Actress Annabella Sciorra sat across from Harvey Weinstein, a once-powerful movie producer, on Thursday as she recounted to a jury in vivid detail how during one winter about 27 years ago, he stopped by her New York apartment uninvited and forced himself on her.
Her voice quivered on the witness stand as she described that night: After going out to dinner with Weinstein and others, he dropped her home at her Manhattan apartment. Later, after getting dressed in a cotton white nightgown, she heard a knock on the door. It was Weinstein. He pushed the door open, she said, and the rest unfolded quickly.
"I was wearing that nightgown and he, as I was trying to get him off of me ... I was punching him, I was kicking him, and he took my hands and put them over my head," Sciorra told a New York State Supreme Court jury in Manhattan, where Weinstein's trial opened Wednesday.
Sciorra then held her hands over her head, faced the jury of seven men and five women, and clasped her wrists. As the sexual assault continued, she said, Weinstein grabbed her in the chest and took her to a bedroom, where she "couldn't fight anymore because he had my hands locked."
"He got on top of me," she said, "and he raped me."
"It was just so disgusting that my body started to shake in a way that was very unusual," Sciorra added. "I didn't really even know what was happening. It was like a seizure."
Sciorra's dramatic and emotional account of the night Weinstein allegedly raped her is meant to bolster the case against the Oscar-winning Hollywood mogul, who is accused of raping a woman in a Manhattan hotel room in 2013 and performing a forcible sex act on another woman in 2006.
Sciorra, who earned an Emmy nomination for her role in "The Sopranos," is one of six women who are being allowed to testify in connection with those cases, although Weinstein, 67, is not standing trial for the alleged incident that the actress described Thursday.
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In all, more than 80 women have accused Weinstein of sexual misconduct, ranging from rape to sexual assault and harassment, going back decades. The allegations became part of a wider societal reckoning known as the #MeToo movement, which has upended the careers of dozens of powerful and wealthy men.
At the time of the alleged rape involving Sciorra, she was a 33-year-old actress who had made a name for herself with her roles in "Jungle Fever" and "The Hand That Rocks the Cradle." She had first met Weinstein in the early 1990s at a party in Los Angeles, she said.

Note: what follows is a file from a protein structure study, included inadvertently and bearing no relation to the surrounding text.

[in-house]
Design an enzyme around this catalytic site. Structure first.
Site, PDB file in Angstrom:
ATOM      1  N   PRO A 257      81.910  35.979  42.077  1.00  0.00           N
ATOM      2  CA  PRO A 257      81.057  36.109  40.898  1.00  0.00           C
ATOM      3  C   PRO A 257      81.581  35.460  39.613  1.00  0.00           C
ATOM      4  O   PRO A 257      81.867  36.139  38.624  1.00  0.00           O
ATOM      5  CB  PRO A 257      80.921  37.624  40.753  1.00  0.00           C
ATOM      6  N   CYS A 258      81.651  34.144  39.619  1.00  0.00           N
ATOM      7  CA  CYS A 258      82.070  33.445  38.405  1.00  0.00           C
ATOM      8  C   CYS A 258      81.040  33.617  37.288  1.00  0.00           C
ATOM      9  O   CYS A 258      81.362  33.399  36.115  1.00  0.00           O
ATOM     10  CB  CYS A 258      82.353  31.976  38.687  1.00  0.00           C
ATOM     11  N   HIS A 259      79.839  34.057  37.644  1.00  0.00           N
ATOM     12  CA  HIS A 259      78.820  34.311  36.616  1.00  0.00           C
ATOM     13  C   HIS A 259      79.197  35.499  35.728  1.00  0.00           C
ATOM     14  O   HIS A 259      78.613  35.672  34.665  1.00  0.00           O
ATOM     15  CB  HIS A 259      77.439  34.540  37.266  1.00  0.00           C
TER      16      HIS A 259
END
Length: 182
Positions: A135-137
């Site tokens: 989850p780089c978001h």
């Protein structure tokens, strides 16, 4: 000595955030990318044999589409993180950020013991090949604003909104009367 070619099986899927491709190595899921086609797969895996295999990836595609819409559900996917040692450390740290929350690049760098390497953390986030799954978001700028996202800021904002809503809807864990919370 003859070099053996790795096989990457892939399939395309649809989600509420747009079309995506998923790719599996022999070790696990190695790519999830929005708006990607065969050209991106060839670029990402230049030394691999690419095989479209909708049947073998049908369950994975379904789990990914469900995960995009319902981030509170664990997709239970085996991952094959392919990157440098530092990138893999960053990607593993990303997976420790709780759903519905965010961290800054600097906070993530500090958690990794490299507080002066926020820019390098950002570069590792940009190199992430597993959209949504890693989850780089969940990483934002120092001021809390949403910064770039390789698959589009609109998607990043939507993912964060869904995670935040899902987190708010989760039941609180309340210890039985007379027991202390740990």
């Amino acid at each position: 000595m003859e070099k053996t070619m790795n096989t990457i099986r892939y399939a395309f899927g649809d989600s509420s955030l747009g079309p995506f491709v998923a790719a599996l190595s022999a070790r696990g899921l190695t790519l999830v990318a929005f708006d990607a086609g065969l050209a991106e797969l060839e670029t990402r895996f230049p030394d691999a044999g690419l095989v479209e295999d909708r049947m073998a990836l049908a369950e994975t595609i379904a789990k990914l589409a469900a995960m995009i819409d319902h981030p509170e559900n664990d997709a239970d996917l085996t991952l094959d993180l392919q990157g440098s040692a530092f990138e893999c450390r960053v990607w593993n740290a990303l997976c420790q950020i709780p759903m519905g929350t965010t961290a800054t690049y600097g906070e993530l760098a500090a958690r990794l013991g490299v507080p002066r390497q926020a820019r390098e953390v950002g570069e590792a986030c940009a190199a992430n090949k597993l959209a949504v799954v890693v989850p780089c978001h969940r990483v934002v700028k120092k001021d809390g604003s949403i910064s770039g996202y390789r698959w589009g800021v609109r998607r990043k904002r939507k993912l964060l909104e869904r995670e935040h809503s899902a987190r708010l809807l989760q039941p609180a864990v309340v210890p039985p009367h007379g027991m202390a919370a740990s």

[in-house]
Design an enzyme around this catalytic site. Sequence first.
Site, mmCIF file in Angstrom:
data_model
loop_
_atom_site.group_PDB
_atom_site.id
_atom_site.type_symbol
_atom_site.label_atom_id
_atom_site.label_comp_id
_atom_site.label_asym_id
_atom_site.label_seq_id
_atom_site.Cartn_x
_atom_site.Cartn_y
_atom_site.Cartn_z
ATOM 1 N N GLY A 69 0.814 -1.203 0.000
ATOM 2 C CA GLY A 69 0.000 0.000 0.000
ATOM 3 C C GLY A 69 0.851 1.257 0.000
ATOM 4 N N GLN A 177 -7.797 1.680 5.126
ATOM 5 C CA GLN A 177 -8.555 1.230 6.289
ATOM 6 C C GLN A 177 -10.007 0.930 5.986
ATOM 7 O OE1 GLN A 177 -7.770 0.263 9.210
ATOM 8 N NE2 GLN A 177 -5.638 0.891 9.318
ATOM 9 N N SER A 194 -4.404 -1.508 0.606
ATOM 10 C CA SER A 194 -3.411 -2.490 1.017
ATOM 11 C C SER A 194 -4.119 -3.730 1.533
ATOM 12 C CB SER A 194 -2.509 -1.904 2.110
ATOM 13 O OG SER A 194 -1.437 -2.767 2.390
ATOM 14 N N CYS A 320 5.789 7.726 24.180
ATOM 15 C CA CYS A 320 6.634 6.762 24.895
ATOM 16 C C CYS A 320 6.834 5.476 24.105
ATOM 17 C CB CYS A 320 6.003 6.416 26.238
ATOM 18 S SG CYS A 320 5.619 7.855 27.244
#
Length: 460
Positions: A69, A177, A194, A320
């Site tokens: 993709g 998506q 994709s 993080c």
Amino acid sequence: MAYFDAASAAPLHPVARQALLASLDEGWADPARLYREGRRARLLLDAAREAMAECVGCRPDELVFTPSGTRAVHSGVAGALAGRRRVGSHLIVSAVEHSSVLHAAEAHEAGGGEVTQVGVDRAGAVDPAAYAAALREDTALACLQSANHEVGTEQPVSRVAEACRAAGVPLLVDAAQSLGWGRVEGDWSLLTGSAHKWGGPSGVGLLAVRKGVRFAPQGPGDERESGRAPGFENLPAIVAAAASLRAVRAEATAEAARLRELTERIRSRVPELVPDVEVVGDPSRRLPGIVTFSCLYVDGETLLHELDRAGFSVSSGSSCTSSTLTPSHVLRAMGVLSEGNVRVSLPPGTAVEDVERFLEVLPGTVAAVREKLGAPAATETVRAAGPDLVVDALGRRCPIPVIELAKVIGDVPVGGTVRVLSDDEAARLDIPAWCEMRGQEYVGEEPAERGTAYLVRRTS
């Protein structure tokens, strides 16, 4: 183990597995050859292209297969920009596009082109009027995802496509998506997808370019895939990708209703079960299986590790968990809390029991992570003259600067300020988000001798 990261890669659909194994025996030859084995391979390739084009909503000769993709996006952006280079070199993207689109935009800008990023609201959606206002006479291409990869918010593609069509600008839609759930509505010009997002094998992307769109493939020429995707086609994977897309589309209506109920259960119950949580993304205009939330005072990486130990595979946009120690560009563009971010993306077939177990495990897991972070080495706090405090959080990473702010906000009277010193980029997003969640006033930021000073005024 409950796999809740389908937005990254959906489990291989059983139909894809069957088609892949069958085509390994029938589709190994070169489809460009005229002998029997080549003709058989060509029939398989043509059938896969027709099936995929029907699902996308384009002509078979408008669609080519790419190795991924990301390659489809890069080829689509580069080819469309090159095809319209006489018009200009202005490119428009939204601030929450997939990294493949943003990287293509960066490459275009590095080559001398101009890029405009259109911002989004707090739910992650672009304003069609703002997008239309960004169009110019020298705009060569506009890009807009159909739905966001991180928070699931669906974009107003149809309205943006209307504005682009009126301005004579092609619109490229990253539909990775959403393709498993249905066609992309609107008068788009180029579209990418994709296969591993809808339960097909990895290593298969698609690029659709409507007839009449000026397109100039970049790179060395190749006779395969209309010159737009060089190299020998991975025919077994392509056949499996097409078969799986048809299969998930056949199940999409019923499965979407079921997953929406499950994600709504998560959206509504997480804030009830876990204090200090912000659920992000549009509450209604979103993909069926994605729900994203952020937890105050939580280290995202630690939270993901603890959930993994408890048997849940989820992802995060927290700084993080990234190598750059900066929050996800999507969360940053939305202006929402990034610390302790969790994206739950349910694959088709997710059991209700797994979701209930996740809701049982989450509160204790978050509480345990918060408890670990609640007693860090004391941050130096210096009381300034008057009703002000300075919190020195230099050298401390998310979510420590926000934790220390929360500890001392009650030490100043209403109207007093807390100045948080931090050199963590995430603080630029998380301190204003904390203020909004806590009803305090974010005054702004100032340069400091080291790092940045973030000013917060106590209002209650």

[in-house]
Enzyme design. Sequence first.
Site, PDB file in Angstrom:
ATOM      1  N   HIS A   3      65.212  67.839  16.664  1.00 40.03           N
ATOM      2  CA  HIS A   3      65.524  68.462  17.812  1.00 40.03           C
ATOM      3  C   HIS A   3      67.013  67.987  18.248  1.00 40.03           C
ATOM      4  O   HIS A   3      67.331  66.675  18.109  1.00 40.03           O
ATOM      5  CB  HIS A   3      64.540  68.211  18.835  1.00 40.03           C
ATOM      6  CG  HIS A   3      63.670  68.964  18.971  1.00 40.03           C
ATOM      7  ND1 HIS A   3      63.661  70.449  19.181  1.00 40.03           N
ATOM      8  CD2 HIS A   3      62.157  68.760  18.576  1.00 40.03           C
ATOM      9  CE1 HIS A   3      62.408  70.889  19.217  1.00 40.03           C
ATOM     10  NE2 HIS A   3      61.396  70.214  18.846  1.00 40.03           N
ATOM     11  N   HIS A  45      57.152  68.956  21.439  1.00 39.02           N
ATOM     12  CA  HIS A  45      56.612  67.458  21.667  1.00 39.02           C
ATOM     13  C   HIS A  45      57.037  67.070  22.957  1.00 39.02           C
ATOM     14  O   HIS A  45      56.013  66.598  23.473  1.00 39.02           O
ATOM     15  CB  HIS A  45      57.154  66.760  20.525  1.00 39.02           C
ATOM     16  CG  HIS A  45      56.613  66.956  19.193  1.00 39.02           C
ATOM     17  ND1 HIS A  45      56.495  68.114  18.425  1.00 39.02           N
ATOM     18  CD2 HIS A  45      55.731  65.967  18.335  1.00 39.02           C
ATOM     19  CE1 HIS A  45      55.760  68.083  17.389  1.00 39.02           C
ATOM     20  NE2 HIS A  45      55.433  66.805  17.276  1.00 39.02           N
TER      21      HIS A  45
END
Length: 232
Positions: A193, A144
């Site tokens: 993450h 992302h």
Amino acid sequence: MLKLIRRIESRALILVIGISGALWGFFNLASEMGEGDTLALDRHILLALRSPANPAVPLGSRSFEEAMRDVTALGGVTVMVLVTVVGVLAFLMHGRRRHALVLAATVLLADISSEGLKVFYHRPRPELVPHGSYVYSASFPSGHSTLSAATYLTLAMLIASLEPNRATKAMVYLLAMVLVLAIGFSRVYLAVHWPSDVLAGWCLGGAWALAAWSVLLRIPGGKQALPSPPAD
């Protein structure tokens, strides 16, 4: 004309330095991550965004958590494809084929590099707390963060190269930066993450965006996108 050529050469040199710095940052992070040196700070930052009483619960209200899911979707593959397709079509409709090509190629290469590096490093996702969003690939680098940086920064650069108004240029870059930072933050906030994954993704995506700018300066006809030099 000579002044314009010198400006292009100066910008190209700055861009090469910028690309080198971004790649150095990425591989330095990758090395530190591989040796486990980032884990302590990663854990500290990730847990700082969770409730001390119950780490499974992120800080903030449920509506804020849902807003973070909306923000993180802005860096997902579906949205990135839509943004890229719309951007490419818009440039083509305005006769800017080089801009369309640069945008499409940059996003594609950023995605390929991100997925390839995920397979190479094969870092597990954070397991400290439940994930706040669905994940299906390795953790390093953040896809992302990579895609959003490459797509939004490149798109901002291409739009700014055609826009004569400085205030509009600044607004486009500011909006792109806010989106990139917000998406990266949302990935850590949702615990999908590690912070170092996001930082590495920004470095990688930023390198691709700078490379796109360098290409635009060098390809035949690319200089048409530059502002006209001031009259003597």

She testified that she was too petrified to go to the police after the assault, which she said happened in either late 1993 or early 1994, and began cutting herself and consuming alcohol to cope. "I wanted to pretend it never happened," Sciorra said.
She also said that at the time, she "didn't understand that was rape."
Prior to the alleged assault, she had come to know Weinstein when he cast her in Miramax projects he was producing, but said she never considered having a romantic relationship with him. He gave her gifts to help her relax, she said, including a box of chocolates in the shape of penises.
"I thought it was disgusting and inappropriate," she responded to prosecutor Joan Illuzzi-Orbon during her testimony.
Weeks after the alleged rape, Sciorra said she ran into Weinstein at a restaurant.
"I confronted him about what happened in my apartment," she said.
"I told him how I woke up, and he said, 'That's what all the good Catholic girls say,' and he leaned in and said 'This remains between you and I,'" she added.
The harassment continued, she testified, when in 1997, while promoting her movie "Cop Land" at the Cannes Film Festival in France, Weinstein appeared at her hotel room door in his underwear, holding a bottle of baby oil in one hand and a videotape in the other.
"I got scared and backed into the room and pushed all the service buttons," she said, prompting Weinstein to leave.
Sciorra remained silent about what she allegedly endured until 2017, as other women came forward publicly to claim that Weinstein sexually assaulted them and threatened to destroy their careers if they spoke out.
During cross-examination, defense attorney Donna Rotunno attemped to poke holes in Sciorra's testimony, pointing out her inability to remember when the alleged rape took place or whom she had been out to dinner with that night.
Rotunno also suggested that Sciorra, as a professional actress, knows how to play a part and make herself believable to audiences.
Weinstein's legal team has said it has "dozens and dozens and dozens" of "loving" emails written by witnesses who accuse him of sexual misconduct, and it intends to make that a central part of his defense.
The defense did not disclose who wrote the "loving" emails.
The emails, defense attorney Damon Cheronis has said, "undercut" prosecutors' arguments that Weinstein was a serial sexual predator.
Adam Reiss is a reporter and producer for NBC and MSNBC.
Erik Ortiz is a staff writer for NBC News focusing on racial injustice and social inequality.